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The Analysis and Measurement of Happiness as a Sense of Well-Being

  • † Richard Kammann
  • Marcelle Farry
  • Peter Herb
Part of the Social Indicators Research Series book series (SINS, volume 26)

Abstract

General happiness is philosophically construed as a sense of well-being which in turn has been defined either as a complete and lasting satisfaction with life-as-a-whole or as a preponderance of positive over negative feelings. A factor analysis of thirteen well-being scales shows that these two definitions coalesce into a single general well-being factor which is distinguishable only from an independent stress/worries factor. Further evidence shows that familiar scales of neuroticism, depression and trait anxiety measure the same well-being dimension if only in the negative half-range. So does a list of somatic complaints. Various two-factor models of well-being that treat positive and negative affect as independent processes, or that distinguish between affective and cognitive components, are challenged on the grounds that they depend on the properties of Bradburn’s affect scales which are found to be highly dependent on methodological parameters. Attention is drawn here to the role of test method effects and curvilinearities as factors influencing inter-scale correlations and structural models. It is concluded that well-being is a robust, primary dimension of human experience and that happiness research is alive and well in psychology.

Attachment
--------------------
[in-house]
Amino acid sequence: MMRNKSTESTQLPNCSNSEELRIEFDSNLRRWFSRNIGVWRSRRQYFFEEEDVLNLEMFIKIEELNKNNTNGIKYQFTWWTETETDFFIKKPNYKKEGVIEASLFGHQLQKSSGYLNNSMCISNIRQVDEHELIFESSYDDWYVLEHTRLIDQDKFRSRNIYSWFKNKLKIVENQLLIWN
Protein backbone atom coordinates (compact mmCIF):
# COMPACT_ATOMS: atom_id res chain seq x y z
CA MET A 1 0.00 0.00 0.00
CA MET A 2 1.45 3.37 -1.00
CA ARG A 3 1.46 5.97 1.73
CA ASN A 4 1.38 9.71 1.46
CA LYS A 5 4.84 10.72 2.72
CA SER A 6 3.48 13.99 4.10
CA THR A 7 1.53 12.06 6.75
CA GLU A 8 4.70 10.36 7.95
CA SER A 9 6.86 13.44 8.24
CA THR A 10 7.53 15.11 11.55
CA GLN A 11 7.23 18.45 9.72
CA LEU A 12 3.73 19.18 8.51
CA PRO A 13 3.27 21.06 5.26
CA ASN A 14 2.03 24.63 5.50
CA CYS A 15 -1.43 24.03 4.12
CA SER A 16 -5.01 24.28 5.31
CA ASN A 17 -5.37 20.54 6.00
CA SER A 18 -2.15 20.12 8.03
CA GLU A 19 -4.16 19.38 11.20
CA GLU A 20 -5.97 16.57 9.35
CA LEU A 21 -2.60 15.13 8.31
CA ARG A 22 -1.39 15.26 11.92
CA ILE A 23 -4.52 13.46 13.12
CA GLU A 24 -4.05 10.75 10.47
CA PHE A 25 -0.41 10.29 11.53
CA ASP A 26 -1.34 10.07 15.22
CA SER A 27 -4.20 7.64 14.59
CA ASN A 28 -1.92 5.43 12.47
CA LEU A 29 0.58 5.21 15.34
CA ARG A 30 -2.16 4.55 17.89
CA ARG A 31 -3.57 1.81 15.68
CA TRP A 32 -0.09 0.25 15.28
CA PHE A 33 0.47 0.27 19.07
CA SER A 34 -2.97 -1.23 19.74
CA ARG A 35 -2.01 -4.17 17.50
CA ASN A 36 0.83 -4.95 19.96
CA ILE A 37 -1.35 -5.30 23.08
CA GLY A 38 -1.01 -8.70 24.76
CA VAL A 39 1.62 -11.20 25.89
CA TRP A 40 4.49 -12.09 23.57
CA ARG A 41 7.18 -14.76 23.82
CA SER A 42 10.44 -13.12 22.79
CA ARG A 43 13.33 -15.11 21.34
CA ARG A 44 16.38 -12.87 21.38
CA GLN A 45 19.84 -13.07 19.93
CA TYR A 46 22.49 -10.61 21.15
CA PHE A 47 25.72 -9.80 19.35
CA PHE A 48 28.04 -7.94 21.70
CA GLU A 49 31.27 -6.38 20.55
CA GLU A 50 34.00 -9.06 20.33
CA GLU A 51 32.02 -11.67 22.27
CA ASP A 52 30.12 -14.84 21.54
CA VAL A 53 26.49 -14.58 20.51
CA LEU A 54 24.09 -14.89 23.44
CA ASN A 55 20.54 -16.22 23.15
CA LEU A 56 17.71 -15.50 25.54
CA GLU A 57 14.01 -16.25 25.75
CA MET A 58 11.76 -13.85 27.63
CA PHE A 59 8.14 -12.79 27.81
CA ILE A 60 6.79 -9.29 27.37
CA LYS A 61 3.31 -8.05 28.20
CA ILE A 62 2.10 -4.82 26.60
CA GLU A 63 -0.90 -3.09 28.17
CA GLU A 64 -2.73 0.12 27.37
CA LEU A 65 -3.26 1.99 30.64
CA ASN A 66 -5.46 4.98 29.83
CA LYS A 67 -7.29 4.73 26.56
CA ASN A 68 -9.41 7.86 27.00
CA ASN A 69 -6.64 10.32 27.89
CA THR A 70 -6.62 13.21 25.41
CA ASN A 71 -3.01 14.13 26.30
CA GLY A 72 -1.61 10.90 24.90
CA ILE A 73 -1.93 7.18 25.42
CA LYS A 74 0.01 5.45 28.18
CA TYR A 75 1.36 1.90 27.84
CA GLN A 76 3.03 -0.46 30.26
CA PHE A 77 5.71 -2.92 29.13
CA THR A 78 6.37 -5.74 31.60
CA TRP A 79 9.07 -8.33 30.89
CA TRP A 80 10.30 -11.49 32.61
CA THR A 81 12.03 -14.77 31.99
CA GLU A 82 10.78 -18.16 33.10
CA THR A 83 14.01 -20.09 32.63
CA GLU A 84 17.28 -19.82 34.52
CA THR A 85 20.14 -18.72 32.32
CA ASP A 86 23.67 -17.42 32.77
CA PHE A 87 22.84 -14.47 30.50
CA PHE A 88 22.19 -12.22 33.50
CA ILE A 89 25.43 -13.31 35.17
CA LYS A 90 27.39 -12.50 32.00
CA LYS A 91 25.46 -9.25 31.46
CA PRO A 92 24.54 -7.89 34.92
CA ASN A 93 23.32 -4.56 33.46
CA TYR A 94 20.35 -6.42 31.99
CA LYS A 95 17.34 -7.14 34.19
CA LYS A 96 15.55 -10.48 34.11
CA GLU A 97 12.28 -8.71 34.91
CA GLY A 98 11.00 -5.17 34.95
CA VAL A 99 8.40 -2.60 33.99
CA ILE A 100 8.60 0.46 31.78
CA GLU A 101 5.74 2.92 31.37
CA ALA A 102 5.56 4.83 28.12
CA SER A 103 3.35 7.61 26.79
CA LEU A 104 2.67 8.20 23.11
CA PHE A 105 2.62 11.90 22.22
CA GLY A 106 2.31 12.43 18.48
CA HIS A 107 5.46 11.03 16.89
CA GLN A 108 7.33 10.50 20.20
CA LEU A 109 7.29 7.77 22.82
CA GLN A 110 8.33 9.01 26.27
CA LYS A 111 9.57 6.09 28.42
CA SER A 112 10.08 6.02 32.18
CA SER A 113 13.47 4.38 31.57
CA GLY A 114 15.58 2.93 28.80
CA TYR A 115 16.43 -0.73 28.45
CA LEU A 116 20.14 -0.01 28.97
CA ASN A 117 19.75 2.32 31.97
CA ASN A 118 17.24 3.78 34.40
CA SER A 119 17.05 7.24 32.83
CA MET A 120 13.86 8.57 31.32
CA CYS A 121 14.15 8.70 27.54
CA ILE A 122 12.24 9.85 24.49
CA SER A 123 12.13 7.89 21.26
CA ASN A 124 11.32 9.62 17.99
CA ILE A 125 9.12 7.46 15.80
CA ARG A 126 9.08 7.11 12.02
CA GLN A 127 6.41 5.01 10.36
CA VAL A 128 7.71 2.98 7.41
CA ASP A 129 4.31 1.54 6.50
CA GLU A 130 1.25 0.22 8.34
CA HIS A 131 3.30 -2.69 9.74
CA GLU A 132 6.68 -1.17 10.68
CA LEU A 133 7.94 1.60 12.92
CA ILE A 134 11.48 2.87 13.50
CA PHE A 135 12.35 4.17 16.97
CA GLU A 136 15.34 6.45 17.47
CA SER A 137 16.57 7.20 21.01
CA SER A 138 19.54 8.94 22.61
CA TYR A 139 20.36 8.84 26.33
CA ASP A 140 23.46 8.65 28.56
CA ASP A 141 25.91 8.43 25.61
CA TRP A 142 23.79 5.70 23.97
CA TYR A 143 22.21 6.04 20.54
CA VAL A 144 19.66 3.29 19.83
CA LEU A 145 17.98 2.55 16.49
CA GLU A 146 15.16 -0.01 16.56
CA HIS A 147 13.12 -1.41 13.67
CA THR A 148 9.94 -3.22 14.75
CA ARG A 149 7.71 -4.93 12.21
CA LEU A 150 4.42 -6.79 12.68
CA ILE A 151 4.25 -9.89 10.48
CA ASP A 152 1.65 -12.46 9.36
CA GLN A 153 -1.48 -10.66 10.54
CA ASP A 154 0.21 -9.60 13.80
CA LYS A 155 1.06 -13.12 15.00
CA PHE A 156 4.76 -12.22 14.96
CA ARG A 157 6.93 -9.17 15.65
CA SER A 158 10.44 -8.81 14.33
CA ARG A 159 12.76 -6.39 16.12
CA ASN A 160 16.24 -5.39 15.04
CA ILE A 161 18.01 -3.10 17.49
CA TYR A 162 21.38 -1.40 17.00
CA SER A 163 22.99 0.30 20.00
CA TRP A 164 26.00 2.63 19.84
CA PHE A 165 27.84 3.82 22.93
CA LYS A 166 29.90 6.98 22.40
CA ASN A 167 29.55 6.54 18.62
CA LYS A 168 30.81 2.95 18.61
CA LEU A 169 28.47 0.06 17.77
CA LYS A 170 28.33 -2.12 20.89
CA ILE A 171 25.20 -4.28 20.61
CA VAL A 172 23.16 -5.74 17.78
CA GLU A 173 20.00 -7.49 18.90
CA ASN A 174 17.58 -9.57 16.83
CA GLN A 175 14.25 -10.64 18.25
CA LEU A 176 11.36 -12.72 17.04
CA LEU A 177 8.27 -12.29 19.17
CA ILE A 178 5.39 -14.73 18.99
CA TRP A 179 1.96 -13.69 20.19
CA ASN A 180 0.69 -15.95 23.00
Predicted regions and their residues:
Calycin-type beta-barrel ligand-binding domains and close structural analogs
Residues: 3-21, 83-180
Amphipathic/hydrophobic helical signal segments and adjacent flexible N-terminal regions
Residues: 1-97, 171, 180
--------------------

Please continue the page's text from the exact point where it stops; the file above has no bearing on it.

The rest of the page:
Keywords

Negative Affect Positive Affect Trait Anxiety Somatic Complaint Social Indicator Research 
These keywords were added by machine and not by the authors. This process is experimental and the keywords may be updated as the learning algorithm improves.

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Copyright information

© Springer 2005

Authors and Affiliations

  • † Richard Kammann
    • 1
  • Marcelle Farry
  • Peter Herb
  1. 1.University of OtagoDunedinNew Zealand

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